Google, anti-trust and trust

google-76517_640The fact that Google has been fined around £3.8 million for “antitrust” violations (read more here) highlights a potential issue which students need to be aware of; the fact that the big tech companies, google, Facebook, Microsoft, Apple, etc, are businesses at the heart as opposed to being focussed on the public good.

I will carefully qualify the above in that I most of what companies such as the above do does provide public benefit plus that they also make great contributions to philanthropic, research and charitable endeavours.   The issue is that given their size and resultant power there is the potential for inappropriate activities or activities not in the public interest to take place.   There is the potential for decisions and actions to be taken in pursuit of the dollar, or pound for us here in the UK.

As we provide the big tech companies with more of our personal data, as we sign up and eagerly consume the subscription services they provide, we are feeding them power.    This power can be used, as is suggested in the claims against Google, to leverage and bully other organisations, establishing monopolies and reducing public choice.     This power can be used to influence individuals and groups through profiling and targeted advertising as was the Cambridge Analytica scandal that impacted on Facebook appeared to suggest.    This power might even be able to revise history or to change the “truth” in the future, assuming this isn’t already happening.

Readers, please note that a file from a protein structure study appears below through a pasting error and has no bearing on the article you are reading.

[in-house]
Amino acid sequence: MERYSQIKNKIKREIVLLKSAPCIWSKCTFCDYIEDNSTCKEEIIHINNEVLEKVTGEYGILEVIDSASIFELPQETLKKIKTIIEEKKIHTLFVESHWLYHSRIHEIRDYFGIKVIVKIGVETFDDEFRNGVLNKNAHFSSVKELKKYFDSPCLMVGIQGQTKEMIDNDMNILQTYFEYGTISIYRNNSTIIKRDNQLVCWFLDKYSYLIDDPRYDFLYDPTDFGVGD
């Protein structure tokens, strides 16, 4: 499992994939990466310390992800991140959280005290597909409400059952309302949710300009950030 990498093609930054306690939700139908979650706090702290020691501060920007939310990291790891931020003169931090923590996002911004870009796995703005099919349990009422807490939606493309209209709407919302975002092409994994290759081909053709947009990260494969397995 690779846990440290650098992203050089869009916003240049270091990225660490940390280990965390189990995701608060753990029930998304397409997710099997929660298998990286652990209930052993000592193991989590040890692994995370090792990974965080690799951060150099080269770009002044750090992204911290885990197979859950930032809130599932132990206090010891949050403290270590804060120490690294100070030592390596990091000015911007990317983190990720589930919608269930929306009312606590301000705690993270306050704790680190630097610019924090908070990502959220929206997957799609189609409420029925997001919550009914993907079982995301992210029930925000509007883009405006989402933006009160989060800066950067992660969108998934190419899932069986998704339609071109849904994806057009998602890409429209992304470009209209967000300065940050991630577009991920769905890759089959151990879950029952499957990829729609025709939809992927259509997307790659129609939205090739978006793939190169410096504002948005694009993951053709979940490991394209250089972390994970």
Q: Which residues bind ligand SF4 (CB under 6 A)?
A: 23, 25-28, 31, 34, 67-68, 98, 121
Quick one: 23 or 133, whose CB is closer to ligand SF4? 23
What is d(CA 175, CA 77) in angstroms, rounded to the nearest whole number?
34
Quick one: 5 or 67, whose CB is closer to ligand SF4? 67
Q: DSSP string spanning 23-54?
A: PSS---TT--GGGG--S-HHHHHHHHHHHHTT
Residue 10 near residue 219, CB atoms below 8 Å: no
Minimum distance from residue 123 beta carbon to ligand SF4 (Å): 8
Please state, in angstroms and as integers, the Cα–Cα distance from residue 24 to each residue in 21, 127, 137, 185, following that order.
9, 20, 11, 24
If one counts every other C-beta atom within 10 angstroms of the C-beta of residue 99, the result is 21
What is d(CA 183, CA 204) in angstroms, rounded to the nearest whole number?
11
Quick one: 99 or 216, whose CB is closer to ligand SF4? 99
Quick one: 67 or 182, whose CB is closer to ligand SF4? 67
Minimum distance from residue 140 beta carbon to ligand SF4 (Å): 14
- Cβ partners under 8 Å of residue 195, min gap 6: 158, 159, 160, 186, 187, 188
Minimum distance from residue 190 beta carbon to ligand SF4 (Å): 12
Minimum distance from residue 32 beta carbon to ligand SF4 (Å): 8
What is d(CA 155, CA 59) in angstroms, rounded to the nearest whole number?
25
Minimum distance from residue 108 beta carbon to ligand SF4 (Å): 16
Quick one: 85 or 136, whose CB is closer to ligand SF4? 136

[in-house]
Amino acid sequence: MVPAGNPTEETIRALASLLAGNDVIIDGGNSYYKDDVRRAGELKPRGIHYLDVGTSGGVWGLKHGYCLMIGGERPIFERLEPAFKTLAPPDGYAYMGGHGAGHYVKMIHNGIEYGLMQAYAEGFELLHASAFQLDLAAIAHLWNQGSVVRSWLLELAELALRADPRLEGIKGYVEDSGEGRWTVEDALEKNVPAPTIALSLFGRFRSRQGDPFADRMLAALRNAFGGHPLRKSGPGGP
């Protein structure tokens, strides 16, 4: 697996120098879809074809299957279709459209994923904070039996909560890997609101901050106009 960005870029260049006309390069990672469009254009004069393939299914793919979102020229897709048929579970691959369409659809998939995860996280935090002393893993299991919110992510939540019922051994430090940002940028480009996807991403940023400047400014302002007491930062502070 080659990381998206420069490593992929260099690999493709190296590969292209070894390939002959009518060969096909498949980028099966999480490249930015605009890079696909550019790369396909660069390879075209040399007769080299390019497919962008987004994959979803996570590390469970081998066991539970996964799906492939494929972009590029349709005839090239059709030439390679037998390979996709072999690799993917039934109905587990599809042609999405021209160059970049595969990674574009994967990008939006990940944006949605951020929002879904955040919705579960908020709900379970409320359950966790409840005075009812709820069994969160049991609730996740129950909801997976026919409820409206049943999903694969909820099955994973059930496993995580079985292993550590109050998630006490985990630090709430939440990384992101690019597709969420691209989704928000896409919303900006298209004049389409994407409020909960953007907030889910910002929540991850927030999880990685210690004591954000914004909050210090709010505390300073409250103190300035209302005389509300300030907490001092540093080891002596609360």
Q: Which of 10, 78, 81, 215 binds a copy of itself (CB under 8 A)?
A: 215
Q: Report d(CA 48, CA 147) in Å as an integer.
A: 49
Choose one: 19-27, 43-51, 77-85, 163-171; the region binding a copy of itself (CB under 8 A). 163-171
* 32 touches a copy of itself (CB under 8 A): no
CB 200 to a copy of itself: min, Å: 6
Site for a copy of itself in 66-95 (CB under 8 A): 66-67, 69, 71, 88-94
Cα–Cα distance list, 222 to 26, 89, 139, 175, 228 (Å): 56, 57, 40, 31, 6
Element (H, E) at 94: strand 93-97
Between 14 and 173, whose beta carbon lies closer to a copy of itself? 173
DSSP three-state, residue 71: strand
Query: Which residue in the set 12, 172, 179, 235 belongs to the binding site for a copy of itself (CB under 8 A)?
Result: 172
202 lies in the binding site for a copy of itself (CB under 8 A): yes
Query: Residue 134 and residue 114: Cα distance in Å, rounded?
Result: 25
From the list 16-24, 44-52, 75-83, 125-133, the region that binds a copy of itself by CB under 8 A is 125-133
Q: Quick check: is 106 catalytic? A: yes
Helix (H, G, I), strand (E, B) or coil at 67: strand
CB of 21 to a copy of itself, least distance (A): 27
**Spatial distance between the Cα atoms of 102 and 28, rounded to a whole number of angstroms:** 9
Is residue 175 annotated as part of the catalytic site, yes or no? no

Do students consider how the services they subscribe to might be used to influence them?   Do students consider the competitive market and the impact of overly powerful monopolies?   Do they consider how data, the new oil in terms of value, might be used?

I wont be stopping using the above companies any time soon as they each provide excellent services which help me in my work and life however I am aware of the implications of their use.    I believe it is important that we have discussions with our students in relation to these issues, to ensure they too are aware before the sign up to yet another service.    Do they trust these sites having consciously considered it or do the trust blindly?

 

 

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Ban watches in schools!!

smart-watch-821559_640The issue of mobile phones in schools is once again raging with various schools deciding to ban mobile phones.   On social media teachers and school leaders are split.   Some occupy the ban all mobiles camp citing mobile phones as a distraction and also concerns around student mental health in relation to overuse of social media.   Others support the use of mobile phones in classrooms as it provides teachers with an additional tool which can be used to engage students in their learning opening up new opportunities and learning experiences not available without mobile phones.